Reeve Foundation Story of Impact: Des Moines Rowing Club

Posted by Reeve Staff in Daily Dose on February 01, 2018 # Quality of Life, Adaptive Sports

Well before the Des Moines Rowing Club received their first adaptive double rowing shell, they had the boat named.

“We chose to christen it the Dana and Christopher Reeve with Dana’s name first because she was such an incredible inspiration to so many,” said Tonya Logan, program manager of the Des Moines Rowing Club’s (DMRC) Adaptive Membership Initiative. “She was an icon of love and support.”

The adaptive boat, affectionate nicknamed “the Reeve,” along with four paddles and two personal flotation devices were purchased with support from the club’s first Christopher & Dana Reeve Foundation Quality of Life Grant. The adaptive program is a new initiative for the 35-year-old, 200-member club.

“One day in 2014 we saw some people riding adaptive bikes near our boathouse and we asked them if they had ever thought about adaptive rowing,” said Logan. “The idea of starting a program was a little intimidating at first so we reached out to another nearby club that was more familiar with adaptive rowing for guidance.”

Logan then reached out to the DMRC board for support to start the new program by adapting a single boat the club wasn’t using.

“We added a fixed seat, support straps and pontoons for stability. It was safe but not efficient,” said Logan. “We got a second adaptive single boat in early 2016 and trained our first two rowers with mobility limitations. They loved it.”

Operating single adaptive boats is a very volunteer intensive activity. Double boats allow a trained, able-bodied rower to directly coach and assist a rower with adaptive needs. In 2017, Logan helped the club secure two double boats, one from the Reeve Foundation and another with support from a local business and spinal cord injury group.

“Having two boats allows us to get more people out on the water,” said Logan. “It also offers rowers the opportunity to compete.”

With the new boats, the club could extend their “Learn to Row Day” to include adaptive rowers. The Adaptive Learn to Row Days (ALTRD) give many participants the chance to experience rowing on nearby Gray’s Lake for the first time.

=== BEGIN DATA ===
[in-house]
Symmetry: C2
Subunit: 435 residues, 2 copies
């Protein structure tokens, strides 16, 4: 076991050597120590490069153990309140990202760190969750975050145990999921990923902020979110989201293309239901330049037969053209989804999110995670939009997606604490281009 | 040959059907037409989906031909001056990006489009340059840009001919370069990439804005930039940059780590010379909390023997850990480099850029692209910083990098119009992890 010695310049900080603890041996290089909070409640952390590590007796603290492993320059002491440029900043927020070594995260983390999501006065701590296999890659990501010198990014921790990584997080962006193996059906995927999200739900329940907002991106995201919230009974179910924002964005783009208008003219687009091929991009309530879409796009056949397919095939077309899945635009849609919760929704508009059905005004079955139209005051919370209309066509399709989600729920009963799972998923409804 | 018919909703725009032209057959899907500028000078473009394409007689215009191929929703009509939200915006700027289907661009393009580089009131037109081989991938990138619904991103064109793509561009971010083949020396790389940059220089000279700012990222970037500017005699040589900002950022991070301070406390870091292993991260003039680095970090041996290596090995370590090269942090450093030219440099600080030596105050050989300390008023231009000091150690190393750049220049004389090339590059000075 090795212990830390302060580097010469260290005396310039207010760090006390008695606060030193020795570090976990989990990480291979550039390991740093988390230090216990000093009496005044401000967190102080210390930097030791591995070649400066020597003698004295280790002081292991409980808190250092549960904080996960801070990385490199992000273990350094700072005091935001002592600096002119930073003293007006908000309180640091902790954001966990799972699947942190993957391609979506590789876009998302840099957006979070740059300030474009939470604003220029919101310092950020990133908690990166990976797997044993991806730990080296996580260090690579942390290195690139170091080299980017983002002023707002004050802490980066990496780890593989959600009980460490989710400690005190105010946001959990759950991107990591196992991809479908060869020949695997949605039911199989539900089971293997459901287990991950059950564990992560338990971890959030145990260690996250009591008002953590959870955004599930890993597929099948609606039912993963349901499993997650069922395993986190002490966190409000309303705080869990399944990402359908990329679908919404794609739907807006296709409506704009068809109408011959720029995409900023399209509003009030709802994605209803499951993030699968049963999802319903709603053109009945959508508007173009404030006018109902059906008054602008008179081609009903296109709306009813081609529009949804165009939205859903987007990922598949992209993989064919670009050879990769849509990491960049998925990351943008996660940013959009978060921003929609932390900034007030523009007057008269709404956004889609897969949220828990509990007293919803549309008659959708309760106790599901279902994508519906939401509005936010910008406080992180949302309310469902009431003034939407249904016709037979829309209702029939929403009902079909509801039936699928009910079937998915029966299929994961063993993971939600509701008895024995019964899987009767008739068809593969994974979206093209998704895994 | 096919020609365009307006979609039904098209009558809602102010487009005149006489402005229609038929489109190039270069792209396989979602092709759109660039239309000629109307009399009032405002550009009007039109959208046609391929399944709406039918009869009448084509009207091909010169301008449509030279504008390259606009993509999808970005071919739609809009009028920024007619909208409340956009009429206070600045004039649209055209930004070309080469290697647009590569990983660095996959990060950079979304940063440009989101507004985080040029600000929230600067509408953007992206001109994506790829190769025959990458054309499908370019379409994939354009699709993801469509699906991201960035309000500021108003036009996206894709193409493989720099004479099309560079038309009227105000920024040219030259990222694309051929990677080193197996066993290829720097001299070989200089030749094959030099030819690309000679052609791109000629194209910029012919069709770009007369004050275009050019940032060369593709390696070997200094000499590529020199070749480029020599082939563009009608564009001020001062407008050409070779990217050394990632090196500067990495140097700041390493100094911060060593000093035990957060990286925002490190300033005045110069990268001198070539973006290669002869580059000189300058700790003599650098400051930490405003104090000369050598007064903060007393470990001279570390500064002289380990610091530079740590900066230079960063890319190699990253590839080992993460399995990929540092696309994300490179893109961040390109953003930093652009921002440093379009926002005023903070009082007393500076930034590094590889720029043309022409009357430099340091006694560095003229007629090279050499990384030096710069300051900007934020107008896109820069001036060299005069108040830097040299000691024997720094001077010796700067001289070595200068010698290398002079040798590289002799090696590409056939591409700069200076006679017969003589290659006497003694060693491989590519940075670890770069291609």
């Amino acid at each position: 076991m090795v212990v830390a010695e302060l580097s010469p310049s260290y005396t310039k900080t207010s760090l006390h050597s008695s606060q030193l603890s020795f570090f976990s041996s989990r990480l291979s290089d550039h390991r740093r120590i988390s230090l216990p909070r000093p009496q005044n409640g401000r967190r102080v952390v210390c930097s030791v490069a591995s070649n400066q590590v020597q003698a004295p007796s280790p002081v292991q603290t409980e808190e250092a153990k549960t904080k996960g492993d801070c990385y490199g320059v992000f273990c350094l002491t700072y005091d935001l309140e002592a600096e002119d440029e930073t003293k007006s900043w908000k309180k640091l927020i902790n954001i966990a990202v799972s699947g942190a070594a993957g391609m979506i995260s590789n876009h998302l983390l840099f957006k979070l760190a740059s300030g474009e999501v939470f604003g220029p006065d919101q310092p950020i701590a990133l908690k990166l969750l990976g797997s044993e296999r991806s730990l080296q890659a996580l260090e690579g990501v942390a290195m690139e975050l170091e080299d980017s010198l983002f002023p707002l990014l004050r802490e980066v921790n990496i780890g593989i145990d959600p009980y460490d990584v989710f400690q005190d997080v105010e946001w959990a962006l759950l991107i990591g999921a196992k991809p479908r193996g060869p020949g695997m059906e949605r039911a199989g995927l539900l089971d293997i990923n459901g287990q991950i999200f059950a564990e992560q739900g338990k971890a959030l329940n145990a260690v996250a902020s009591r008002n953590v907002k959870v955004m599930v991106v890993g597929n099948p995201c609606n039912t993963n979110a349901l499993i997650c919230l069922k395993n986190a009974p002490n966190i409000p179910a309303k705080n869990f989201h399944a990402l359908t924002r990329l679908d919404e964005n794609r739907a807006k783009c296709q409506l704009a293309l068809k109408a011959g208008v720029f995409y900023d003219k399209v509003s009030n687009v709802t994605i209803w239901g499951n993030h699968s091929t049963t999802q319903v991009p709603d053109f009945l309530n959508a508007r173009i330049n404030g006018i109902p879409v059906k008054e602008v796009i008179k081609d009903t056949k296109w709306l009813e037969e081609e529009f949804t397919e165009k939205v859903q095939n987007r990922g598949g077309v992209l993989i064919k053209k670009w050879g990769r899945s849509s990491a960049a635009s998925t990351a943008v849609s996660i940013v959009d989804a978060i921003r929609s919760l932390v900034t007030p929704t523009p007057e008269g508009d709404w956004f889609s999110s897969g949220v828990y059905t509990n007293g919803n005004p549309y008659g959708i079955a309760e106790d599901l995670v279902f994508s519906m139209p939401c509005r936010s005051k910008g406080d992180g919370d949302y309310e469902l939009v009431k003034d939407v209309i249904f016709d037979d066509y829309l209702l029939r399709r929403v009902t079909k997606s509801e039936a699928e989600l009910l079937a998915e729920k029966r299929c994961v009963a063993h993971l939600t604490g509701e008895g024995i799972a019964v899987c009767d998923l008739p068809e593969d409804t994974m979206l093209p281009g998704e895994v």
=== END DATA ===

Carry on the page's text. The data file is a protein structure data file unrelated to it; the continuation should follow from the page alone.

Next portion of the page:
“These fun community outreach events invite anyone to show up and go out for a 45-minute ride without any training,” said Logan. “We had fifteen people participate in 2017, six living with a spinal cord injury and nine military veterans.”

Also, last year, for the first time in the club’s history, two rowers living with spinal cord injuries were able to complete in the annual Head of the Des Moines Regatta as part of a parallel rowing or “para-rowing” team. Scott Turczynski earned the gold medal in the para-rowing competition,

“It is so enjoyable to be out on the water and it’s a great way for me to get exercise. I’ve definitely caught the rowing bug,” said Turczynski who sustained a spinal cord injury from a fall in his home in 2010. “I’m so thankful to the Reeve Foundation for making this experience possible and for their push to advance technology and science to help find a cure.”

Stan Boyer, another DMRC adaptive rower is also thankful for the opportunity to row. "The biggest impact rowing has made on my life is helping me maintain my fitness,” said Boyer. “I always feel “skinnier” after a workout.”

Logan also notes the physical benefits to rowing. “Everything done in a wheelchair is push forward and rowing is about the exact opposite, pulling back,” said Logan. “It forces participants to sit up straight and strengthen their core by using their abdominal muscles differently. I think it’s the perfect complementary exercise. It empowers people by getting them out of their chairs and on to the water just like everyone else.”

Moving forward, the DMRC has partnered with various spinal cord injury and disabled veteran groups in the region to invite more people to participate in adaptive rowing.

“Rowing is often referred to as a Zen experience of flying across the water with mind and body concentrating on the task at hand,” said Logan. “We are so grateful to the Reeve Foundation for their trust and support to help share this wonderful experience with so many.”